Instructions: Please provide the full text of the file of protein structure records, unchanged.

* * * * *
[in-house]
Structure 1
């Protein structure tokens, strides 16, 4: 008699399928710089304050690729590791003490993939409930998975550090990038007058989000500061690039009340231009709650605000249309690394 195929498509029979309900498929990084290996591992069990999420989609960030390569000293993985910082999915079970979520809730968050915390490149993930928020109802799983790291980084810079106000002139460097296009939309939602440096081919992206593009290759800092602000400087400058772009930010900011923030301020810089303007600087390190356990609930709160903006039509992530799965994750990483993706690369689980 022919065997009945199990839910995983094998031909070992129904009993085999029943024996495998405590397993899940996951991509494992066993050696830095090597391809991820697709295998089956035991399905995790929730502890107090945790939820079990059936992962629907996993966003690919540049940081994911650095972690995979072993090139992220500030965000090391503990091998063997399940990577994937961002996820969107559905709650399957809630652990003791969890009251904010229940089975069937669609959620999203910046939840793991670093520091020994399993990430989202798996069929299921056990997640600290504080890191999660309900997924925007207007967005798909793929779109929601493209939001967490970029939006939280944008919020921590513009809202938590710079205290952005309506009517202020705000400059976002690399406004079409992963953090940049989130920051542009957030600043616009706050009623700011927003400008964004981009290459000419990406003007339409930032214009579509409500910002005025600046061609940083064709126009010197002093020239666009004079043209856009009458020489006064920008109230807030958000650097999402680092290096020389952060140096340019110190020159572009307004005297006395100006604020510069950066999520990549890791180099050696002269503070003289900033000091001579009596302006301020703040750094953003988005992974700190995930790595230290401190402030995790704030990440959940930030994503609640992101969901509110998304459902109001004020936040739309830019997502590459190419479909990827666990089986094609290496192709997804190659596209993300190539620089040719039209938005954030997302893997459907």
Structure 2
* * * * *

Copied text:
[in-house]
Structure 1
């Protein structure tokens, strides 16, 4: 008699399928710089304050690729590791003490993939409930998975550090990038007058989000500061690039009340231009709650605000249309690394 195929498509029979309900498929990084290996591992069990999420989609960030390569000293993985910082999915079970979520809730968050915390490149993930928020109802799983790291980084810079106000002139460097296009939309939602440096081919992206593009290759800092602000400087400058772009930010900011923030301020810089303007600087390190356990609930709160903006039509992530799965994750990483993706690369689980 022919065997009945199990839910995983094998031909070992129904009993085999029943024996495998405590397993899940996951991509494992066993050696830095090597391809991820697709295998089956035991399905995790929730502890107090945790939820079990059936992962629907996993966003690919540049940081994911650095972690995979072993090139992220500030965000090391503990091998063997399940990577994937961002996820969107559905709650399957809630652990003791969890009251904010229940089975069937669609959620999203910046939840793991670093520091020994399993990430989202798996069929299921056990997640600290504080890191999660309900997924925007207007967005798909793929779109929601493209939001967490970029939006939280944008919020921590513009809202938590710079205290952005309506009517202020705000400059976002690399406004079409992963953090940049989130920051542009957030600043616009706050009623700011927003400008964004981009290459000419990406003007339409930032214009579509409500910002005025600046061609940083064709126009010197002093020239666009004079043209856009009458020489006064920008109230807030958000650097999402680092290096020389952060140096340019110190020159572009307004005297006395100006604020510069950066999520990549890791180099050696002269503070003289900033000091001579009596302006301020703040750094953003988005992974700190995930790595230290401190402030995790704030990440959940930030994503609640992101969901509110998304459902109001004020936040739309830019997502590459190419479909990827666990089986094609290496192709997804190659596209993300190539620089040719039209938005954030997302893997459907």
Structure 2